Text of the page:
The Internet of Things (IoT) is expanding the variety of technical capabilities deployed in the interest of public safety, and smart cities are leveraging IoT data to provide insights and improve operations. The U.S. Department of Homeland Security is promoting technology development through its Science and Technology Directorate’s SCITI (pronounced “city”) solutions lab. SCITI stands for Smart City and Internet of Things Innovation.

SCITI innovations promote public safety in urban environments to expand capabilities of first responders, including law enforcement, fire and emergency medical services, and the associated commercial sector.

The initiative focuses on integrating new and existing technologies to serve public safety needs, with emphasis on validation and go-to-market support through industry partners. A streamlined process is aimed at getting new capabilities commercialized and available to users.

Supporting first responders

The program seeks to provide new capabilities to support first responders and the associated commercial sector in three areas. They are:

  • Autonomous navigation for indoor Unmanned Aerial Systems (UAS) to support search and rescue missions in difficult environments.
  • Intelligent building sensors to be mounted on fixed indoor building features, such as smoke detectors or exit signs. Sensors provide a mechanism to rapidly prioritize areas for search and rescue.
  • A body-worn interoperable platform (“SmartHub”) that integrates personal network communications with third-party sensors to improve situational awareness.

Collaborations for development

The program has been instrumental in developing and commercializing a number of products

DHS Science and Technology is leveraging a “commercial first” approach by working with technology innovation companies, government public safety officials, infrastructure owners and private sector investment partners to promote the design, development and operational testing and evaluation of suitability for commercial adoption. The program has been instrumental in developing and commercializing a number of products.

Improving communication is one area of development. For example, Zello, Austin, Texas, provides a push-to-talk smartphone app that is a low-cost, reliable and secure alternative to traditional radios. Wireless System Solutions, Morrisville, North Carolina, has developed end-to-end multi-standard/band wireless network solutions that provide connectivity from the macro cellular network to the end-point gateway and/or sensor.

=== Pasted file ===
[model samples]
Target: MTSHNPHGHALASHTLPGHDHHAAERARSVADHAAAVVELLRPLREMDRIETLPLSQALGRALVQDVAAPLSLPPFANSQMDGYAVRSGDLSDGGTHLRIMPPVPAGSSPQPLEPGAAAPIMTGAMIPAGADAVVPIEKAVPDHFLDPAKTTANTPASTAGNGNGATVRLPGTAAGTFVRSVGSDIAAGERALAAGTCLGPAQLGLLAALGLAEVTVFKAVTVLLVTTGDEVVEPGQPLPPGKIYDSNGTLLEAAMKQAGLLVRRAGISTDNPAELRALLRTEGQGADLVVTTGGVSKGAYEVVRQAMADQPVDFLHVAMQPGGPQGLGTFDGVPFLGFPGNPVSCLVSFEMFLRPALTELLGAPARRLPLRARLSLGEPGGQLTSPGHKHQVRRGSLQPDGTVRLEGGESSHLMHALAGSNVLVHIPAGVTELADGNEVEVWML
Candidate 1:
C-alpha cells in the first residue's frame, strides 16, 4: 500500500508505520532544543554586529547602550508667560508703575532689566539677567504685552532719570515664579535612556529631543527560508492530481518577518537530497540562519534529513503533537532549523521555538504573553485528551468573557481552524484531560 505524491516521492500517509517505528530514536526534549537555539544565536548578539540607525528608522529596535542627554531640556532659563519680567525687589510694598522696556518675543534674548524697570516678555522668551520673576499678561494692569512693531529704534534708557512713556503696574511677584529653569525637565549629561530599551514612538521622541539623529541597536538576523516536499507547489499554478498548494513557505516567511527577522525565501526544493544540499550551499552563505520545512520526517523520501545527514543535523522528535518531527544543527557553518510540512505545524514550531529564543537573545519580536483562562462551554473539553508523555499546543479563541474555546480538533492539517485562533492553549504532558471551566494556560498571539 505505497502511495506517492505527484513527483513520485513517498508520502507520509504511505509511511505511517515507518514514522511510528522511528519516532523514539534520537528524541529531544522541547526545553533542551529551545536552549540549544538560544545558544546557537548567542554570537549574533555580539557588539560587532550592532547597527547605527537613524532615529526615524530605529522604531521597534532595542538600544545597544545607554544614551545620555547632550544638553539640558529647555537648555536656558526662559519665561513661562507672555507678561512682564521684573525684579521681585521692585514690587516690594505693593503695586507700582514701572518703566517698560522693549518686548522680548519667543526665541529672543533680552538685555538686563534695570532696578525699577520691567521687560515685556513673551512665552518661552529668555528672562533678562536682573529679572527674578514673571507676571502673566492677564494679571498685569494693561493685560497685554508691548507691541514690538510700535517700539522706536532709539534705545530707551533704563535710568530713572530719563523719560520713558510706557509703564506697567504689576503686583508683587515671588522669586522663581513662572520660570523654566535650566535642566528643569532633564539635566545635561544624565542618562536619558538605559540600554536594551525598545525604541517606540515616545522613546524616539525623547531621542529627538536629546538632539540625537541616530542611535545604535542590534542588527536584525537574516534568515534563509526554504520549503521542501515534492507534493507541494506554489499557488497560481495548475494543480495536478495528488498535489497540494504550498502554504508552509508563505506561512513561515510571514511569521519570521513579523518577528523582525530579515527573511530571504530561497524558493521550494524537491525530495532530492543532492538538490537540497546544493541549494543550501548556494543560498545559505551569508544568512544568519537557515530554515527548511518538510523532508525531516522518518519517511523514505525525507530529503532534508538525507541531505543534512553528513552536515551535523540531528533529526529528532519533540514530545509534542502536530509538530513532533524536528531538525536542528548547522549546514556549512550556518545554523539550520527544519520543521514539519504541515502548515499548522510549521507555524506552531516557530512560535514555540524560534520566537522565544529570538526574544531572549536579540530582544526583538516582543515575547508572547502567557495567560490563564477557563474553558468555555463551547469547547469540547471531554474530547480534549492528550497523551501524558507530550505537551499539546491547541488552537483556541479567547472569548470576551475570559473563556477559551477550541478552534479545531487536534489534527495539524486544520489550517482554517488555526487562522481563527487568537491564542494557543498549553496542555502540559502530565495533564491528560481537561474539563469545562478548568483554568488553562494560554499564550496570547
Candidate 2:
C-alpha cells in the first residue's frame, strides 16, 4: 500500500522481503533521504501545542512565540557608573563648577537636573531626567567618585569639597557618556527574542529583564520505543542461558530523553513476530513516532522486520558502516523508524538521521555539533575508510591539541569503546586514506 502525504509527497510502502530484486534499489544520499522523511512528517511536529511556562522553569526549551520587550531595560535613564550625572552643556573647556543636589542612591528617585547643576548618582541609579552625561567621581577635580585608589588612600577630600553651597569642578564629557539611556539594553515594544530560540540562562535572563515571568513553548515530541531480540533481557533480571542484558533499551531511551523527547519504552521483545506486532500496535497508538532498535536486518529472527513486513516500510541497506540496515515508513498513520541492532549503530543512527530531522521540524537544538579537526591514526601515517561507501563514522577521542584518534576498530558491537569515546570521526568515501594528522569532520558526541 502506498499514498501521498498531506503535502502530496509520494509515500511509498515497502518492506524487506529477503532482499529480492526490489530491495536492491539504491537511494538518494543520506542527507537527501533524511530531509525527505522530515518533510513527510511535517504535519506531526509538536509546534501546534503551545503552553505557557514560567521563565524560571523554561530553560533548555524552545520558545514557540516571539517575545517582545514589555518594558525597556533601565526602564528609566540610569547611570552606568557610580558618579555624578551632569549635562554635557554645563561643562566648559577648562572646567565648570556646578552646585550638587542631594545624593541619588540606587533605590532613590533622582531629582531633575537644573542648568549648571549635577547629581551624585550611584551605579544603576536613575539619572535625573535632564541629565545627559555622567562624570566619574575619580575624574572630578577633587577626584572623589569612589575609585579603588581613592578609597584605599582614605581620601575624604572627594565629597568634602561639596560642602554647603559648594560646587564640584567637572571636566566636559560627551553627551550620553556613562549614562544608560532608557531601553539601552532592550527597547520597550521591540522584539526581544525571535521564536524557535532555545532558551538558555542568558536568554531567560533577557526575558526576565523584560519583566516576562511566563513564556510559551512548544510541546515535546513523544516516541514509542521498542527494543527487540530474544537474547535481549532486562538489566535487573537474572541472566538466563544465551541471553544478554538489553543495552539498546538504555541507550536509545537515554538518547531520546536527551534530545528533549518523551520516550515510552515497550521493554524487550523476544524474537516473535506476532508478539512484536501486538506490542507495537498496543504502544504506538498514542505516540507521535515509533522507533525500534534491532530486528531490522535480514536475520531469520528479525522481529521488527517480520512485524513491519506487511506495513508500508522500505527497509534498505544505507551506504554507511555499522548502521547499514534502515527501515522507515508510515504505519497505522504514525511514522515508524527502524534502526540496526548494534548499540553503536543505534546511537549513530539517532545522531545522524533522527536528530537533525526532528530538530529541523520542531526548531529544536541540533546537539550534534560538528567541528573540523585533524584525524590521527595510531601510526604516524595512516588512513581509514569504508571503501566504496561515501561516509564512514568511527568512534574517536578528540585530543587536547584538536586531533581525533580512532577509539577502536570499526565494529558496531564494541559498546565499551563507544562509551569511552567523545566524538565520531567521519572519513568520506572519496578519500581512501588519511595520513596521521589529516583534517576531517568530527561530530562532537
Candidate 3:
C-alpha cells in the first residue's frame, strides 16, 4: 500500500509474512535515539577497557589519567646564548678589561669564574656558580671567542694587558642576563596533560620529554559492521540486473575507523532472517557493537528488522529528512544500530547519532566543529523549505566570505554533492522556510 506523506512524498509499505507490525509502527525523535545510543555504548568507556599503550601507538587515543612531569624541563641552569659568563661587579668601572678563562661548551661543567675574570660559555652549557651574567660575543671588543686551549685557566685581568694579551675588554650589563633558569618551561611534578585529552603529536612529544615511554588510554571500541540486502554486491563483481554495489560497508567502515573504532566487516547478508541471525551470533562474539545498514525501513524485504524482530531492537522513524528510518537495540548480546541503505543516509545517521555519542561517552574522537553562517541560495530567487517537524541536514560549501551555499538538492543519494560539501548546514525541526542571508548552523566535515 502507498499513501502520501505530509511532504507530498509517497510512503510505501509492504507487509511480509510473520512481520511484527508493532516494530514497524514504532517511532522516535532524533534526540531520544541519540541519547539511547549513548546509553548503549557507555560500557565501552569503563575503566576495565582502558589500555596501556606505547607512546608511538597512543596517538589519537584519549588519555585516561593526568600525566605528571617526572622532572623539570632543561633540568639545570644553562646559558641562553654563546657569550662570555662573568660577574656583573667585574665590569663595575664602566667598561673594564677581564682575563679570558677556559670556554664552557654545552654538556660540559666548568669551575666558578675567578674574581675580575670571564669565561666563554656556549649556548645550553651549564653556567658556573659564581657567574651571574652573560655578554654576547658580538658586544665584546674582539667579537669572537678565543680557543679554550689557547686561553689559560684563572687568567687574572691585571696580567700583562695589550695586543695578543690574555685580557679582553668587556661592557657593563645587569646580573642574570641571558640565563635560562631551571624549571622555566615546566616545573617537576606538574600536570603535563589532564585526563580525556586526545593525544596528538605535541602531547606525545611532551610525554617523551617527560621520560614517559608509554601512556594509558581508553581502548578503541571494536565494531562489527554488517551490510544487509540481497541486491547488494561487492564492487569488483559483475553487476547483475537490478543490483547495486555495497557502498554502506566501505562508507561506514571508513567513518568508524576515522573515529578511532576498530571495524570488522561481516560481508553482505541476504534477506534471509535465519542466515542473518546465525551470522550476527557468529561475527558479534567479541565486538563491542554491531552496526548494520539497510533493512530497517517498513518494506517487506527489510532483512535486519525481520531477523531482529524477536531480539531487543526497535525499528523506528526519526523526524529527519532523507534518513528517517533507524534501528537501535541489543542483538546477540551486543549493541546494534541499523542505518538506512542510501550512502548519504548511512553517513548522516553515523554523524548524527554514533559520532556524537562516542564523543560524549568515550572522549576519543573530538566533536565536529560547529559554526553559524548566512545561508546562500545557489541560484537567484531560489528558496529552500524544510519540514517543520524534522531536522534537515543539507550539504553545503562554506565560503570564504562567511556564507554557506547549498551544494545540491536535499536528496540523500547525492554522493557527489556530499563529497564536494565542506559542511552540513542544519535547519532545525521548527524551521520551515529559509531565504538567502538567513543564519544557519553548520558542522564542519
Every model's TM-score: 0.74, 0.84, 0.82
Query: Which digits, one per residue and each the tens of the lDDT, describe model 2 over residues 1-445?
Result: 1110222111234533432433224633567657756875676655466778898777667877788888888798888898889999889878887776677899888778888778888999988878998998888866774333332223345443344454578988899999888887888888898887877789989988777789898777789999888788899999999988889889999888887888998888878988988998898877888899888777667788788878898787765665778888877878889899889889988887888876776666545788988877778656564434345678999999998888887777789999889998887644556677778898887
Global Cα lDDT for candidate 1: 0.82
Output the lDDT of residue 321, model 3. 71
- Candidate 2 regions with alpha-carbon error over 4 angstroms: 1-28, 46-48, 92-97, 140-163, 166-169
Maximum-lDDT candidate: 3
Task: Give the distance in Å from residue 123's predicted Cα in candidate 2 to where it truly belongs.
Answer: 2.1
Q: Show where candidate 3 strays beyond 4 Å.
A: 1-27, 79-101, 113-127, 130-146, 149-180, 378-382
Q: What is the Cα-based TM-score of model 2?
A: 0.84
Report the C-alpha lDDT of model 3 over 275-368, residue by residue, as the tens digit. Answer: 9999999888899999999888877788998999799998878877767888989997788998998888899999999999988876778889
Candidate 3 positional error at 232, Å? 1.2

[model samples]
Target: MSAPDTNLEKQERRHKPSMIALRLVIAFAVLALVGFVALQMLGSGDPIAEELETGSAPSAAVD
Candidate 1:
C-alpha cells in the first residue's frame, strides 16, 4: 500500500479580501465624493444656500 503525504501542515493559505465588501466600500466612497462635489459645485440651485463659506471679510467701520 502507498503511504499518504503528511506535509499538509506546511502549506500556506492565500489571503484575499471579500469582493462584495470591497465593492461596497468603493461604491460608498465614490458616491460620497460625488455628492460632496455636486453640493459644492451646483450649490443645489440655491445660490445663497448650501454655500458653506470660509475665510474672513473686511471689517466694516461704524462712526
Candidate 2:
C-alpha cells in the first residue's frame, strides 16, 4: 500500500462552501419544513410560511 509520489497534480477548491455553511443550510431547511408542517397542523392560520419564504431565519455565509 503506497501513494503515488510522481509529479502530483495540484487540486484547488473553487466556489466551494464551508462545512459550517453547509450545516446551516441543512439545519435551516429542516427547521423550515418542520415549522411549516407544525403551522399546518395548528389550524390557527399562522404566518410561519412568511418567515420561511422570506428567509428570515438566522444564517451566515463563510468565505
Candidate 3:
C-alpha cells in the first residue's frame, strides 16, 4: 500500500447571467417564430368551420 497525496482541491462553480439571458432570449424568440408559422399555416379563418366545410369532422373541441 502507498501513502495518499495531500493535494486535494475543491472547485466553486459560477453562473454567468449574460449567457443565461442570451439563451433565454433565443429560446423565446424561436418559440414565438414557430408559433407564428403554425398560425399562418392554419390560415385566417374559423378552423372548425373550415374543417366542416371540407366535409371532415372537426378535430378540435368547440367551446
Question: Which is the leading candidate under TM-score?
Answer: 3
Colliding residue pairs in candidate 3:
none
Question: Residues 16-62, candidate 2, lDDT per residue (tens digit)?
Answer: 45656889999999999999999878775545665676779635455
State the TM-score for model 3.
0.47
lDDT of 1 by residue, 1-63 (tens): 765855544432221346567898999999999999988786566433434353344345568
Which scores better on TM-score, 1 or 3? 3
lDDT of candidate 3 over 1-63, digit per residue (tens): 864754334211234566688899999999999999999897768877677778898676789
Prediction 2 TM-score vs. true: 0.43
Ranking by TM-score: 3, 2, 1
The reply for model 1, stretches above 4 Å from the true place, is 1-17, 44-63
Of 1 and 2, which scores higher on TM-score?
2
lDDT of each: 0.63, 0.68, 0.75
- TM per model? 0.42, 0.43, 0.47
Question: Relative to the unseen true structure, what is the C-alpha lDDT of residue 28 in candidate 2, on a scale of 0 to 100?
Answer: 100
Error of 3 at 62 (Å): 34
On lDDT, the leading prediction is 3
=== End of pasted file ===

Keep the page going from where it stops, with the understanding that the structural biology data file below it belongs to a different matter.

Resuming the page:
Emergency situational awareness

To provide situational awareness in an emergency, Known Quantity Sensors Inc., Atlanta, offers an IoT edge sensor platform

To provide situational awareness in an emergency, Known Quantity Sensors Inc., Atlanta, offers an IoT edge sensor platform that uses AI-backed, image-based processing to quantify and locate human occupancy.

CommandWear Systems, Vancouver, British Columbia, provides a simple, secure, mobile situational awareness platform that runs on existing smartphones, smartwatches, tablets, laptops and desktop PC. The system enables users to prepare for events and incidents in advance, know where personnel and assets are, communicate with them securely, and then review and analyze a mission after the fact.

Other solutions promote teamwork and collaboration. Mutualink, Wallingford, Connecticut, connect voice, video and information sources so any agency can talk to and share information with partners on-demand, providing instant emergency collaboration, situational awareness and coordination. Coolfire Solutions, St. Louis, Missouri, provides collaboration software that synchronizes data, content and communications to enable people to work together more effectively.

Artificial intelligence

Providing automation to operate in an emergency, Airgility, College Park, Maryland, provides multi-mission unmanned aerial vehicles that can conduct search and rescue operations or protect the nation’s borders, including onboard artificial intelligence.

Thirteen companies in all were selected in the first phase of the program, and additional companies were added in Phase II. The SCITI solutions lab was created in collaboration with Virginia’s Center for Innovative Technology, TechNexus in Chicago, and Smart City Works venture labs in Washington, D.C.

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Larry Anderson Editor, TheBigRedGuide.com, Notting Hill Media

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